Brain fog is the scourge of menopause, or rather post menopause for those of us who are an over 50 traveler and don’t have to worry about the red terror anymore. That’s when your mental state turns into scrambled eggs and you worry you’ll forget your own name.
A true story, although the author, who is an over 50 traveler, is keeping the identity of the woman in question a secret.
Beaming with excitement, she made her way to the security gate at Bob Hope Airport in Burbank on her way to Denver. She would be attending a workshop that would transform her feeble attempts as a writer. No longer would she use the words, “delicious,” “tasty,” “sweet” or “creamy” when describing a bowl of pudding.
She gingerly tapped her cell phone under the scanner. It was a proud moment to have graduated from paper tickets to electronic at the age of sixty-one. She took a step forward in the line when suddenly, a TSA agent stopped her.
“You have the wrong boarding pass!”
“I. . . what?” She said, bewildered.
You’re at the wrong airport. This ticket’s for LAX!”
Red-faced, she scrambled to the airport taxi stand, too embarrassed to call her ride, who was far from the airport by now. A heavily accented cabby guaranteed he’d hotfoot it across town for a mere $100!
She stepped into the cab, reluctantly, hoping to make it on time.
The weather was unusually hot. Rather than turn on the air conditioner, the cabby opened his window, turning the car into a sweatbox. Thirsty, she reached for her water bottle and realized she’d dumped it at the security gate.
We all know that water bottles at airports are evil.
Traffic was slow and her blood pressure peaked with anxiety as each minute ticked away.
“This jerk has purposely picked the worst route possible,” she thought to herself.
With minutes to spare, they made it to the terminal.
Running inside, she dragged her carry-on up an escalator and raced through security. As luck would have it, she’d been randomly chosen for Pre-TSA and didn’t have to disrobe or empty her suitcase.
Grateful for the few minutes gained, she continued to zigzag her way to the “furthest gate” only to see her plane roll off toward the runway.
It was the first time she’d ever missed a flight.
Defeated, she trudged sheepishly to the ticket counter but was relieved to hear another plane was leaving soon. It stopped in Oakland, adding a few hours to her itinerary but it would get her there. She zipped into the restroom, bought a bottle of water and waited for her turn to board, which was dead last. Fearing the overhead bins would be full, she stepped aboard the plane.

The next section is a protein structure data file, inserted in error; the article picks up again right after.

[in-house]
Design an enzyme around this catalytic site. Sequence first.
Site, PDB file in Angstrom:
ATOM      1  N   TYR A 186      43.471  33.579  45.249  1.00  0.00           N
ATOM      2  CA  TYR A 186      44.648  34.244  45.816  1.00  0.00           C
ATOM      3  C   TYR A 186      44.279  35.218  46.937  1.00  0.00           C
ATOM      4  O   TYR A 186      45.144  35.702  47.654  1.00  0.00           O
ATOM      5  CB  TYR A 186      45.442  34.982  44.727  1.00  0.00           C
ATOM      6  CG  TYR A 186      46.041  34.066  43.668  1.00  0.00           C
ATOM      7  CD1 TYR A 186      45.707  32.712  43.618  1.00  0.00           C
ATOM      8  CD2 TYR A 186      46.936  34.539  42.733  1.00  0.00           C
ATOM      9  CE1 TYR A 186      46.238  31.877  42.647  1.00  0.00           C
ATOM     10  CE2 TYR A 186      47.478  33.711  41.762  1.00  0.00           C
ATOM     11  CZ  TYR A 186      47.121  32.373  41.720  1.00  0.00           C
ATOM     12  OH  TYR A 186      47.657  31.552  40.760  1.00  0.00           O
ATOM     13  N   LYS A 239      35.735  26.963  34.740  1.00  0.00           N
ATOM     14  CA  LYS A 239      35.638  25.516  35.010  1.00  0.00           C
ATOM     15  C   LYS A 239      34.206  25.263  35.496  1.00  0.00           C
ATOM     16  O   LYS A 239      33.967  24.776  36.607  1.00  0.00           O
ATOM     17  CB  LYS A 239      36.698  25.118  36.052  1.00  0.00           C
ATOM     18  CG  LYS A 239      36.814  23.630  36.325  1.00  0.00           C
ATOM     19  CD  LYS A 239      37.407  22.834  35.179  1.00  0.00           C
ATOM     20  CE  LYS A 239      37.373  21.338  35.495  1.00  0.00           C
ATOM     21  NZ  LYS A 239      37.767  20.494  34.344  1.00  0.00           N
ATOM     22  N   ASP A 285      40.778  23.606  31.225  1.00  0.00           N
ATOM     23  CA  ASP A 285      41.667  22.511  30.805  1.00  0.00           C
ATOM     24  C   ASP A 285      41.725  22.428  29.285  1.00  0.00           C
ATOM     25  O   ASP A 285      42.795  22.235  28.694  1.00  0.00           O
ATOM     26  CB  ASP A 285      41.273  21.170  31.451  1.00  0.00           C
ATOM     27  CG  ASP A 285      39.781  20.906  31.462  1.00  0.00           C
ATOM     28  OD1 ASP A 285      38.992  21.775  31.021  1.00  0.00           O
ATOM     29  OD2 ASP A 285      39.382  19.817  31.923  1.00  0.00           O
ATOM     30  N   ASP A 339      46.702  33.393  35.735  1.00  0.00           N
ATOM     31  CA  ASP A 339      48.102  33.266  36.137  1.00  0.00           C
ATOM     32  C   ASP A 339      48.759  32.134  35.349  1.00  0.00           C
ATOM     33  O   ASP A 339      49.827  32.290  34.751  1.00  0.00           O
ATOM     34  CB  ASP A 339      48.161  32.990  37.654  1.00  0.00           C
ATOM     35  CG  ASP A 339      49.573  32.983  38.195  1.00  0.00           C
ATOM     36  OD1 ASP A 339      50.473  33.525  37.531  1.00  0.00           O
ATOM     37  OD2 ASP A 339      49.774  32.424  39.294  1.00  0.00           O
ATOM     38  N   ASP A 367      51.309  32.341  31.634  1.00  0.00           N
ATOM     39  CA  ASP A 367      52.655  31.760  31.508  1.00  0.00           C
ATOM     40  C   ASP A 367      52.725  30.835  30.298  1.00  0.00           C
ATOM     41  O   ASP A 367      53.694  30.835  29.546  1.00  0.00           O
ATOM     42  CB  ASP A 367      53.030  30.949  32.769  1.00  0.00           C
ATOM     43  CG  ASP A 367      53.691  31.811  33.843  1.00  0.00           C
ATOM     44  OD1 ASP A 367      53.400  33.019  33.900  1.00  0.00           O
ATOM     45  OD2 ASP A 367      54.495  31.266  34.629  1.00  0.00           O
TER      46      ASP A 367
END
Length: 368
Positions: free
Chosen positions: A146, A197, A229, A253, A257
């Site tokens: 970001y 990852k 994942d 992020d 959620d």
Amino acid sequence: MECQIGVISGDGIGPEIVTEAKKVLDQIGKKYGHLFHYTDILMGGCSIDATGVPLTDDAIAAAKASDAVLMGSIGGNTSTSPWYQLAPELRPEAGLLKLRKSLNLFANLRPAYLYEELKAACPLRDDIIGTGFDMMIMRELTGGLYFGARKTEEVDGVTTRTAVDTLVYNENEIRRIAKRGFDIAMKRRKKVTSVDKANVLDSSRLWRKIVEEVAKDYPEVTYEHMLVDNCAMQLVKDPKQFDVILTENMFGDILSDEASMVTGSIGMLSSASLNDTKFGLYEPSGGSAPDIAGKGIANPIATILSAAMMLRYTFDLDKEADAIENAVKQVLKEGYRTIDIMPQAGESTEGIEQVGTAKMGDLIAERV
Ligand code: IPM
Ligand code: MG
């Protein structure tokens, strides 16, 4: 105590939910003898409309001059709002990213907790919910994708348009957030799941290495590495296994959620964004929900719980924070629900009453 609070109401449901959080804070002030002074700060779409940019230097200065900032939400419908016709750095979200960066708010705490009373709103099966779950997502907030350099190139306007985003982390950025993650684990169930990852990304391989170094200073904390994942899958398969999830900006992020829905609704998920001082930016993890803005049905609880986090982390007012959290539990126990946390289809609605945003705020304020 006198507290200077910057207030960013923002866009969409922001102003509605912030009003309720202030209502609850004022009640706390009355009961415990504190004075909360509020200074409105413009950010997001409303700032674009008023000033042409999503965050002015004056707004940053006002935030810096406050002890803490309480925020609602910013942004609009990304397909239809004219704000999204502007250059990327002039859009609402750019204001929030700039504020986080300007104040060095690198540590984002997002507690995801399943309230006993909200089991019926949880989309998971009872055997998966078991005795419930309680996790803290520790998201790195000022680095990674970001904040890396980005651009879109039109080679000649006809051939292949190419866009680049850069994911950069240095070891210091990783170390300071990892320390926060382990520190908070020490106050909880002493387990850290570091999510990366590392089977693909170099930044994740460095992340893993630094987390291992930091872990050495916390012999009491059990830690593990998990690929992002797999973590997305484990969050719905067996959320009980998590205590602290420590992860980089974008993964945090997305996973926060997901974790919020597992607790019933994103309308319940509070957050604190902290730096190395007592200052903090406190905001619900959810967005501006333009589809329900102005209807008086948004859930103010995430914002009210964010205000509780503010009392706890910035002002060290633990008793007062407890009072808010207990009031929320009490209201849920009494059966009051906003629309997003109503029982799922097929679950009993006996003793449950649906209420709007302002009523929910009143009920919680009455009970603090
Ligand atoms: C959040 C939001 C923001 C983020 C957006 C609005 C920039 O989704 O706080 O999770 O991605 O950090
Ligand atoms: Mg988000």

As she predicted, there was no place to stash her suitcase. An older gentleman moved a few bags around, hoisted her suitcase up to the bin and made it fit.
She wanted to marry him.
Squeezing into a middle seat, she spent the next hour watching trash TV on her IPAD.
When the plane landed, the same man took her suitcase down without even asking.
After three hours in Oakland, she was on her way to Denver.
The Denver airport is modern but challenging for anyone who isn’t an Olympic athlete.
After trudging through long corridors and holding on for dear life down two escalators, she reached the train stop that would take her to the exit. Three terminals later, she got off and boarded a shuttle to her hotel.
No one said being an over 50 traveler is easy.
Back to the airport again.
Still dark, she sleepily made her way to the hotel lobby to meet the shuttle that would take her back to the airport. She thought it was cool that she could track the van in “real-time” on her phone.
Technology is awesome.
Back at the airport again, she dragged her suitcase up two escalators, walked a mile and hung on for dear life down two more escalators to reach the security gate. A swarm of people was lined up in rows that looked like the Matterhorn ride at Disneyland. After twenty nauseating turns back and forth, and a major hot flash, she found herself at the front of the line.
Lightheaded, she approached the TSA agent several times before officially being called forward. He must have thought she was a crazy old broad but, fortunately, didn’t have her strip-searched. As she glanced at her electronic boarding pass, she realized she was, again, TSA-Pre.
“Crap!” she exclaimed.
It was too late to change lines. Begrudgingly, she undressed, took her computer out of her bag and dug through her backpack to find her “liquids.”
“I’m beginning to think I need a chaperone!”
She still had to slog up two more escalators and take the train through three terminals before she reached the gate and breakfast. Stepping onto the escalator, she saw a young woman ahead of her juggling a baby in a carrier and a suitcase at the same time.
She wondered if the poor thing had three arms and was glad her kids were all grown up.
At the gate, she grabbed a greasy egg croissant and a latte and then balanced them with her cell phone, suitcase, and a newly bought water bottle as she went to find a seat.
Airports are a great place to improve hand-eye coordination and flexibility.
Again, she was last on the plane and another man helped hoist her bag.
It was nice to know chivalry isn’t dead.
At LAX, she hustled outside to meet the bus that would take her back to the Valley. Several bus drivers couldn’t make up their minds which bus was going to leave. They had her walking back and forth between them until she finally boarded. It was a dizzy afternoon and she was glad to make it home safe and sound.
Tell us your menopause stories. Please leave a comment below.